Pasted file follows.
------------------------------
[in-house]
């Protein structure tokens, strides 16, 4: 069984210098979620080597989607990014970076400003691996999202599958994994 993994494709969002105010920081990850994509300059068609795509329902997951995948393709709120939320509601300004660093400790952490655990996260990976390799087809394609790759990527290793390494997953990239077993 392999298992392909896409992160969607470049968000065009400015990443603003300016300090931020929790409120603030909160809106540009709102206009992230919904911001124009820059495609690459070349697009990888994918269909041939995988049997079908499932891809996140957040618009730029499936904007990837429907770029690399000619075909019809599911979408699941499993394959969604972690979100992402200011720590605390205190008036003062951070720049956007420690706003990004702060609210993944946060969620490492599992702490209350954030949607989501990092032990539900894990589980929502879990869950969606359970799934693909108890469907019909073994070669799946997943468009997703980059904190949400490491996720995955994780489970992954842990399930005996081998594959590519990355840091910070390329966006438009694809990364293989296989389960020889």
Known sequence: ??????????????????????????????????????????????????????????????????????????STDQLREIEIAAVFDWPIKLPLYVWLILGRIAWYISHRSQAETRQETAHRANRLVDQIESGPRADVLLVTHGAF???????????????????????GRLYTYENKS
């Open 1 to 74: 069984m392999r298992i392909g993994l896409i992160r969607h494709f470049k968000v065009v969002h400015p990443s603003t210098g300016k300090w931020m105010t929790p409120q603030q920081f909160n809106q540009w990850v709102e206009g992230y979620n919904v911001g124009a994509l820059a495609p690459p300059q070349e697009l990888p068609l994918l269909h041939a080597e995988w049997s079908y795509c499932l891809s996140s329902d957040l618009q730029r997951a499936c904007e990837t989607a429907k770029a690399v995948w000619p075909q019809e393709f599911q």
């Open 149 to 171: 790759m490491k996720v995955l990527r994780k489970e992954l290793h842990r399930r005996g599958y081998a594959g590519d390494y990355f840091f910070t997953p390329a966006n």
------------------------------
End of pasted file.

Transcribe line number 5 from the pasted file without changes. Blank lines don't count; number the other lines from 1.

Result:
């Open 149 to 171: 790759m490491k996720v995955l990527r994780k489970e992954l290793h842990r399930r005996g599958y081998a594959g590519d390494y990355f840091f910070t997953p390329a966006n």